She eventually enrolled at Golden West College, but was denied a place in the first team by the head coach, who later told reporters that “I didn’t think she was ready for the collegiate level. It had nothing to do with her being female.” Toni was undeterred by this setback, and took a diversion that would be surprising from someone less tenacious; she enrolled at a second college - East Los Angeles College - and took two associate degrees at two different schools, simultaneously. At ELAC she made the team, although coach Bobby Godinez was reluctant to put her in a game. “Having a daughter myself, I was nervous about what the repercussions could be. You have injuries at a high, high level in this sport. But I did tell her that if she sticks around and she proves that she belongs, things could change.” Things did change. Toni’s persistence in training didn’t just impress her coaches, but also her teammates, and eventually it was her fellow players who successfully lobbied for her inclusion in the team. She played in three games that season for ELAC, and was able to compile a highlight reel that she sent to over 200 schools in the hope of securing a full scholarship.

NO ASSUMPTIONS

Her highlight reel made waves, and before long a media campaign was building among supporters who wanted to see this remarkable athlete fulfill her potential. Toni ended up receiving six offers from four-year universities, but any suspicion of media pressure was allayed when she chose to join up with David Calloway at Central Methodist University. Calloway had been following Toni’s career for a long time, and had been making overtures towards her before she joined ELAC. For Toni he was the natural choice as “he wasn’t one of those coaches who was promising you things. I think what attracted me to this school, to this coach, was him telling me, ‘You’re gonna have to work for your spot.’ ”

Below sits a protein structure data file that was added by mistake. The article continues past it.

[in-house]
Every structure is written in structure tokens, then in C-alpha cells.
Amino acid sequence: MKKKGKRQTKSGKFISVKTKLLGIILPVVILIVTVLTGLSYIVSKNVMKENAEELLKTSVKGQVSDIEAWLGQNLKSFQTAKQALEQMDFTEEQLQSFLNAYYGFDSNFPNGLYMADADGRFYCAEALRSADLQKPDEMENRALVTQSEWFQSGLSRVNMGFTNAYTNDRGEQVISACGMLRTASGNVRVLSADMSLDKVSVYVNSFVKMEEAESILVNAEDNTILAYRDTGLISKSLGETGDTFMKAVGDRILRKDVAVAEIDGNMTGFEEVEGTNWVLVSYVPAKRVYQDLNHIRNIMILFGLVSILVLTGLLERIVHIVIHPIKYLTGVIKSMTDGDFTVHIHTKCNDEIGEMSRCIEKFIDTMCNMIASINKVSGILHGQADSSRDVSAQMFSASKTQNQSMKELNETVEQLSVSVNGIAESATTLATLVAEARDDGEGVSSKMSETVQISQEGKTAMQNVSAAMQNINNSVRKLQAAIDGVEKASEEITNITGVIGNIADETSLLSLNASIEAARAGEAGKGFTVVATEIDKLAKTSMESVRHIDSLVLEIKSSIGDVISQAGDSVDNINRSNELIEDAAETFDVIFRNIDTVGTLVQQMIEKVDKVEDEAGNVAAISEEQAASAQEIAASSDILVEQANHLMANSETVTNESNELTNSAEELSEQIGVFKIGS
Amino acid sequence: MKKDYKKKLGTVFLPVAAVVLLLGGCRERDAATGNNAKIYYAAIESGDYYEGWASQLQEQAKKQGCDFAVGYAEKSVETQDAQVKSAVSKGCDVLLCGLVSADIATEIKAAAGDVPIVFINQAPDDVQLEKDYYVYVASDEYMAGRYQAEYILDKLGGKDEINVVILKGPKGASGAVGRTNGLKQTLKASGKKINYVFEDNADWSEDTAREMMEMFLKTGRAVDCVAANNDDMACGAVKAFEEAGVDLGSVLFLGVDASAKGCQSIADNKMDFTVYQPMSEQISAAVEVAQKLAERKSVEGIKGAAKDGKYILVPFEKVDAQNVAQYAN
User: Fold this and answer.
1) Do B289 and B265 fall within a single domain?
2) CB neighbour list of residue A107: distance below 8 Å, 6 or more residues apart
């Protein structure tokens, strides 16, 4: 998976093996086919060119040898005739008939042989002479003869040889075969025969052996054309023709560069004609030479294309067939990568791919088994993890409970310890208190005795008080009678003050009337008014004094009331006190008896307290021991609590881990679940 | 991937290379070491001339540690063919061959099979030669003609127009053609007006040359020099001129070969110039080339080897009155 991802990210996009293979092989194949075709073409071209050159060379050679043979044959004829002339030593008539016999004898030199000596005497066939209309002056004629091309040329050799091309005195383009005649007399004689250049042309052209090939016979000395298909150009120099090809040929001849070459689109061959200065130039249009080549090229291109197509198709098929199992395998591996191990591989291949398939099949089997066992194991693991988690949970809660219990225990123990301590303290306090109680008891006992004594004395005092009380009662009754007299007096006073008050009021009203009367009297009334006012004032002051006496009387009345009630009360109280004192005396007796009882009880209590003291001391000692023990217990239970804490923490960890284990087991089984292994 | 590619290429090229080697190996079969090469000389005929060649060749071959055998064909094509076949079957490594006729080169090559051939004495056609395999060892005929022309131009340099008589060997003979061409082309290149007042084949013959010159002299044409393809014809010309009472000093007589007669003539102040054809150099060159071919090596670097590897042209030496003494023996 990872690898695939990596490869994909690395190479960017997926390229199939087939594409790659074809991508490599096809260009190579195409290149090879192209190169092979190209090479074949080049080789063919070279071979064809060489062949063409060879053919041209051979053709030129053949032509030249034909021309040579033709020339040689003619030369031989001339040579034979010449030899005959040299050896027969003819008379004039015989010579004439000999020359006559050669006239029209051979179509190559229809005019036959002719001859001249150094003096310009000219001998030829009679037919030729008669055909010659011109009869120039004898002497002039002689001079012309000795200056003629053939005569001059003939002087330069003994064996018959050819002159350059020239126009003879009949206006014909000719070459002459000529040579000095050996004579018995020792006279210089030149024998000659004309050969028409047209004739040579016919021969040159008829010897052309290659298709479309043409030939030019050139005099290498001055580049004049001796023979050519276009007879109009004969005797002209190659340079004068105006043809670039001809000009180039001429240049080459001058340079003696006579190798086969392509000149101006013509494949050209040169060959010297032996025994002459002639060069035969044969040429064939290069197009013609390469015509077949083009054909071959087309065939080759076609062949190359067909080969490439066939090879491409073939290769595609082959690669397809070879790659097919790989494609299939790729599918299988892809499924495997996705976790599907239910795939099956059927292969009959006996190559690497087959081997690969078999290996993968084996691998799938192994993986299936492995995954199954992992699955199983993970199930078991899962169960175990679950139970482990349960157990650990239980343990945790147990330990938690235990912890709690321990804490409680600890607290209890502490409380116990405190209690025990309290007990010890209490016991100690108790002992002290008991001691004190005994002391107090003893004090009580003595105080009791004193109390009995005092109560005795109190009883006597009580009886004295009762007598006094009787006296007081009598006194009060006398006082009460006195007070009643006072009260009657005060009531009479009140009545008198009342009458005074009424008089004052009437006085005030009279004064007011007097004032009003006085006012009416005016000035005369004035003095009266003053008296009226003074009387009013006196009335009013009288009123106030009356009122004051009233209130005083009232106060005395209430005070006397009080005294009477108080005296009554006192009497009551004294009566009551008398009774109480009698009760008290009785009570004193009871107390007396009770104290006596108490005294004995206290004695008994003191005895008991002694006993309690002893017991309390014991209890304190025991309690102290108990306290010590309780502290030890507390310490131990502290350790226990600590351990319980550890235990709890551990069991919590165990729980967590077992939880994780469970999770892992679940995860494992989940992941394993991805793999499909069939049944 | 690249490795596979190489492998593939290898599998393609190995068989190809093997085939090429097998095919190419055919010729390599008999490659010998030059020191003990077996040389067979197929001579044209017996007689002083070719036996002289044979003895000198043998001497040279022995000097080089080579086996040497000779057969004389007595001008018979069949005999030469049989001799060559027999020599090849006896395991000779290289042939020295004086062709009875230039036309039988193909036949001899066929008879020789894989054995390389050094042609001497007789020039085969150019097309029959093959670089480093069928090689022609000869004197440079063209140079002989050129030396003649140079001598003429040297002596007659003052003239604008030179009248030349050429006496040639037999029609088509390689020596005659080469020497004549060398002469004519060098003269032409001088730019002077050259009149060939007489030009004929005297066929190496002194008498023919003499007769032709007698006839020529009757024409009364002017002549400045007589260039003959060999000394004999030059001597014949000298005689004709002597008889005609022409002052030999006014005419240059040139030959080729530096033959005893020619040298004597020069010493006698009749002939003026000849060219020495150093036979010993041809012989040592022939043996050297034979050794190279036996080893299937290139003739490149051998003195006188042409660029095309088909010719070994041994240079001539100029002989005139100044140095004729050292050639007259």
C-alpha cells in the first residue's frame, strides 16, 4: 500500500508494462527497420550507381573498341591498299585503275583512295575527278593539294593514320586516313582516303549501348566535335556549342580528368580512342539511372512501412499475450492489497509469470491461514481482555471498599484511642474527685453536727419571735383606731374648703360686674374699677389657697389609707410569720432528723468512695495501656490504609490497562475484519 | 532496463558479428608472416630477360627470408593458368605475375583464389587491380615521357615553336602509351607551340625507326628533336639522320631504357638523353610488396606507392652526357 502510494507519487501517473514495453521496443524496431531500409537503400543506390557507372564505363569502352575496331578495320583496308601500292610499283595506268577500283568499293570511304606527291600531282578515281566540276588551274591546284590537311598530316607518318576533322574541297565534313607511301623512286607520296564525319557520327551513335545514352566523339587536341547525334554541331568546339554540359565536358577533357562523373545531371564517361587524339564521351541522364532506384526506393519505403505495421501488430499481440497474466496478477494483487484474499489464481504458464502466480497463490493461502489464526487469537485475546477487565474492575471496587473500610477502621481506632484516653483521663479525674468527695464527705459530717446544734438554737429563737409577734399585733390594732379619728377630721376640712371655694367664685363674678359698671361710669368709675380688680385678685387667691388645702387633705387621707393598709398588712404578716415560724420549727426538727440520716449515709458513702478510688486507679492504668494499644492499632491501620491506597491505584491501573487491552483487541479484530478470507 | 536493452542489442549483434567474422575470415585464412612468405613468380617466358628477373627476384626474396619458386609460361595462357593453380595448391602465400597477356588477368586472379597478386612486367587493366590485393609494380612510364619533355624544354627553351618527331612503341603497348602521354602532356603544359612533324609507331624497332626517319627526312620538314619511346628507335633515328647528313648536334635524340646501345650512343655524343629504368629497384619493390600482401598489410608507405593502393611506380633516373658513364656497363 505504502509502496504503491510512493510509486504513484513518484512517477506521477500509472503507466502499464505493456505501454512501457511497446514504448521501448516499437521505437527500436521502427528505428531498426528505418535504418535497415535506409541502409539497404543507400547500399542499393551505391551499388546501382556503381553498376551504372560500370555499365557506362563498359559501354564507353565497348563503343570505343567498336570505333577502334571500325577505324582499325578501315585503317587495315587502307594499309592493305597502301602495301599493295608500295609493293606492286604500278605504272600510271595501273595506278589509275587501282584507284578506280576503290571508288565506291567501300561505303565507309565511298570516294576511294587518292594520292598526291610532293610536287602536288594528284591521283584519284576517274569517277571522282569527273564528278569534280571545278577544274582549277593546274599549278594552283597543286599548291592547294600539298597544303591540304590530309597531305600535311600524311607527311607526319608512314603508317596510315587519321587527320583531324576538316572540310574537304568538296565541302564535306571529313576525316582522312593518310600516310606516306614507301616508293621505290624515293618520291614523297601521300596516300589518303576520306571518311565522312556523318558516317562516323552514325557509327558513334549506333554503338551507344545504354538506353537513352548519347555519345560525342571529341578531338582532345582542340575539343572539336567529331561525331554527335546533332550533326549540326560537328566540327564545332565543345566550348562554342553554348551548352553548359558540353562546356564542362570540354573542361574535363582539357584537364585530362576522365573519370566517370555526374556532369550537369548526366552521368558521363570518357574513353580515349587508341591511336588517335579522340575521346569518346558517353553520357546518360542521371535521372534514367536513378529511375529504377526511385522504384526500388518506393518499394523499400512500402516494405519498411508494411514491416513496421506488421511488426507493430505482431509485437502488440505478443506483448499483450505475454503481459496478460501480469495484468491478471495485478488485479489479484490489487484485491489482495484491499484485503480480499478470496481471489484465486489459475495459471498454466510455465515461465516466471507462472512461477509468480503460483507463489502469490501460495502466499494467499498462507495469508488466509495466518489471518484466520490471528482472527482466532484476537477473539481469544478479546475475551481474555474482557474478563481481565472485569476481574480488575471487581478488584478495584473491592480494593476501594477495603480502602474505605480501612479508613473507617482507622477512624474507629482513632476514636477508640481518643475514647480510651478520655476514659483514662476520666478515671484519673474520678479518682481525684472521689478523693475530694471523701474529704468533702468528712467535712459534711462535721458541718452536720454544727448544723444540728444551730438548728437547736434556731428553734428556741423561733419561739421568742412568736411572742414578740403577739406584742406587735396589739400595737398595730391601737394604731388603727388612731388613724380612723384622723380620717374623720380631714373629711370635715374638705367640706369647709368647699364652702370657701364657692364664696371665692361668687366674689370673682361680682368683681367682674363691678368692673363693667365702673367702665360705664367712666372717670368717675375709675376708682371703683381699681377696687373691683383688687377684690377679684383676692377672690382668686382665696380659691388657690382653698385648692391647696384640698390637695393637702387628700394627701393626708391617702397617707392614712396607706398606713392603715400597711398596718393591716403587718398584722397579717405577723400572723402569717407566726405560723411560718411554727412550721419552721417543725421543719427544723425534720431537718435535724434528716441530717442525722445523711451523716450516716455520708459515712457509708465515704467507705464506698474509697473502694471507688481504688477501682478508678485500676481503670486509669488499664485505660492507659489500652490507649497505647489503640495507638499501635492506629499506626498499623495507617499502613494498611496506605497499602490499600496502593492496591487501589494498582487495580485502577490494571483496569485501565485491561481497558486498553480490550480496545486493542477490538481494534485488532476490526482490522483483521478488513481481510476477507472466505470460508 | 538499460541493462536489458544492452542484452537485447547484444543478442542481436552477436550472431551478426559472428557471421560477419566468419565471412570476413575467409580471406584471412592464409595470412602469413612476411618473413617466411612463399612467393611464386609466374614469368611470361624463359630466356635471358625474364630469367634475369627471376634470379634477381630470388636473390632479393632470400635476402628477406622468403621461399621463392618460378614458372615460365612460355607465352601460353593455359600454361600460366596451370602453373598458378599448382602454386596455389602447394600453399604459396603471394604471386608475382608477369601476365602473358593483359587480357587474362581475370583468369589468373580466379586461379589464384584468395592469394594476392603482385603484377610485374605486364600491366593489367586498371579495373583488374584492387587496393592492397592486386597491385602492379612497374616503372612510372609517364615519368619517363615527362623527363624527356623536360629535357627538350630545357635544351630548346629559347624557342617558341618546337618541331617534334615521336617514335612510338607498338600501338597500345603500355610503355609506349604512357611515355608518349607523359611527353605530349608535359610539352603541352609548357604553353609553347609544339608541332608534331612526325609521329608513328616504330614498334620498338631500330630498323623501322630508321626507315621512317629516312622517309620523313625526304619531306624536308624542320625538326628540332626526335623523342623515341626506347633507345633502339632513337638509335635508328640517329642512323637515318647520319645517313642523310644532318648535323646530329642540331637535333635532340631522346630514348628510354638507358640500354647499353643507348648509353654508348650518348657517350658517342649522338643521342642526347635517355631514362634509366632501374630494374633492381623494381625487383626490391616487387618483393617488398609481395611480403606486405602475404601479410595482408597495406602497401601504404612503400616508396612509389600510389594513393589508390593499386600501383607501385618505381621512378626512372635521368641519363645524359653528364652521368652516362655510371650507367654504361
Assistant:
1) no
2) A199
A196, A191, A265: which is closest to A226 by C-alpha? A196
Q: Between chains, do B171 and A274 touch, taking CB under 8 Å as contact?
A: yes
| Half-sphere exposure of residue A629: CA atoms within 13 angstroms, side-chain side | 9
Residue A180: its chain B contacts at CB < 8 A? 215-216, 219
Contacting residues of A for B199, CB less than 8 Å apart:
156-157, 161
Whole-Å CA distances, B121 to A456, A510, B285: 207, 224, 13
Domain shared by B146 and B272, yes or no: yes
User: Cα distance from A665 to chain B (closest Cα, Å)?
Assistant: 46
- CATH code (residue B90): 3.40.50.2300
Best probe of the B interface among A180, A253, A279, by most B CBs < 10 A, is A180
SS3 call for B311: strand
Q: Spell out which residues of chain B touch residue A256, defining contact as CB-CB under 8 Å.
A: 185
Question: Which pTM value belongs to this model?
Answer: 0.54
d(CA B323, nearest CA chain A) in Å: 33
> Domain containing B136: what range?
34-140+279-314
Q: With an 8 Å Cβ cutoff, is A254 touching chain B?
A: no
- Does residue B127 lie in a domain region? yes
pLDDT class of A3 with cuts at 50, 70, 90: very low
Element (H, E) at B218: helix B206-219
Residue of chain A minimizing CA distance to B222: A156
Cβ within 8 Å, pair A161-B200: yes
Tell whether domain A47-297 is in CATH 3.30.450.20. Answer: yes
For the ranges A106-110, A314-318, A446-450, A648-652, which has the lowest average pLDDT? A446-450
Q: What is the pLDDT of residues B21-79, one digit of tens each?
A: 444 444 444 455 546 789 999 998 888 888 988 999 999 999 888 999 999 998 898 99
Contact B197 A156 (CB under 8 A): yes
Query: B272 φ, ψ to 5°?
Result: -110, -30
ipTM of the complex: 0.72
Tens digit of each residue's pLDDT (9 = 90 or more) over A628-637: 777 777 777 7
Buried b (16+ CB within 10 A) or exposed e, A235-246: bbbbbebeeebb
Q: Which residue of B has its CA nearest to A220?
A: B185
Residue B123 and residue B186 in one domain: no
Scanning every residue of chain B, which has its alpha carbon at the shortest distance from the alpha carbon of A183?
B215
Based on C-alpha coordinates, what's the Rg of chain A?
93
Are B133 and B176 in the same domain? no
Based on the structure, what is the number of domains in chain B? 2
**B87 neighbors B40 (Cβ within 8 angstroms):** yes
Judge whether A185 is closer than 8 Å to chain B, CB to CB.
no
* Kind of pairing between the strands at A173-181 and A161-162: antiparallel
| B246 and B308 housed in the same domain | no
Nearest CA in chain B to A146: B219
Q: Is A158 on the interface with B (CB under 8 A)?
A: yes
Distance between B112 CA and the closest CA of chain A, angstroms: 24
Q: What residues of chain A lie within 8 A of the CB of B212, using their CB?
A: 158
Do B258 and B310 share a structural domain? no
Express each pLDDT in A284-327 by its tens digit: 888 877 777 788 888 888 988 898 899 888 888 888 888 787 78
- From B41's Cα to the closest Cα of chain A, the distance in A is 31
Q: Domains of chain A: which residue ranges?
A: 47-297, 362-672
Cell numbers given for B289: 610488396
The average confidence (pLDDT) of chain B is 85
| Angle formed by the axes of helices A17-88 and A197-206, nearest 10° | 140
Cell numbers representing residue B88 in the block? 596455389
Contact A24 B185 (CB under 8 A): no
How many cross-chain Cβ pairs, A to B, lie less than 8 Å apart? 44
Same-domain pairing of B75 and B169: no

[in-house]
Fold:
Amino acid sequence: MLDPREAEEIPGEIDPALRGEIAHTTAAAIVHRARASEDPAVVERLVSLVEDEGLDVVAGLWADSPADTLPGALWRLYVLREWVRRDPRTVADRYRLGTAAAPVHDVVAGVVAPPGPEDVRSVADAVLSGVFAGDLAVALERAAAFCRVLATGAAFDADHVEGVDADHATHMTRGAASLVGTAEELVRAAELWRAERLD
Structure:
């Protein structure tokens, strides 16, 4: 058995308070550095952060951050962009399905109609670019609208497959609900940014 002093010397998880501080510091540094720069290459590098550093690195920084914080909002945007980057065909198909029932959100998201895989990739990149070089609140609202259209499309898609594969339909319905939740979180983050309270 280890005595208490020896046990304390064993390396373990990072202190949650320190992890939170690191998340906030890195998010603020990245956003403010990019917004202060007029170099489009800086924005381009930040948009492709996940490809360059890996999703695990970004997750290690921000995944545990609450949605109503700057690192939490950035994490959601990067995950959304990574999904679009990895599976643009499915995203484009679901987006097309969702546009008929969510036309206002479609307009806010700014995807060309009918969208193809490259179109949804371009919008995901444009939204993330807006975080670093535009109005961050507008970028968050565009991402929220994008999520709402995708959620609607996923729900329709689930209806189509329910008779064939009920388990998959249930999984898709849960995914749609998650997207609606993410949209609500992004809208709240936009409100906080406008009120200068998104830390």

Unfortunately, the disruptive impact of the pandemic meant that for much of her time at CMU, there were rarely any spots to fight for, but Toni’s scholarship has inspired other aspiring female athletes who believe they can make a career in football. Although her playing time has been limited by outside factors, her successes have still been highly visible; in 2019 she was even featured in a Super Bowl advert for Toyota. The voiceover informs us: “They said she was too small. They said she was too slow. Too weak. They said she’d never get to the next level. Never inspire a new generation. Never get a football scholarship. Yeah, people have made a lot of assumptions about Toni”, and then Toni stares down the camera and replies: “I’ve never been a big fan of assumptions.”

It remains to be seen what the future holds for this remarkable Secret Superhero, who is now branching out into careers in acting, modeling and as a stunt double, while also pursuing her main academic interest in criminal law. Whatever the future holds, as the first woman to secure a full college football scholarship in a non-specialist role, she has already provided a watershed moment in the history of women’s football, and is delighted to serve as a mentor for those who follow her. As she told journalists: “There have been so many women — I can’t even count, like over probably 100 or 200 — that contact me every day, whether in middle school, high school or getting ready to go to college, that want to play [football] at the next level,” she says. “They say I’m an inspiration and ask if I have any tips on how they can become better football players. I tell them to just keep pushing and working hard, and just never give up believing in yourself.”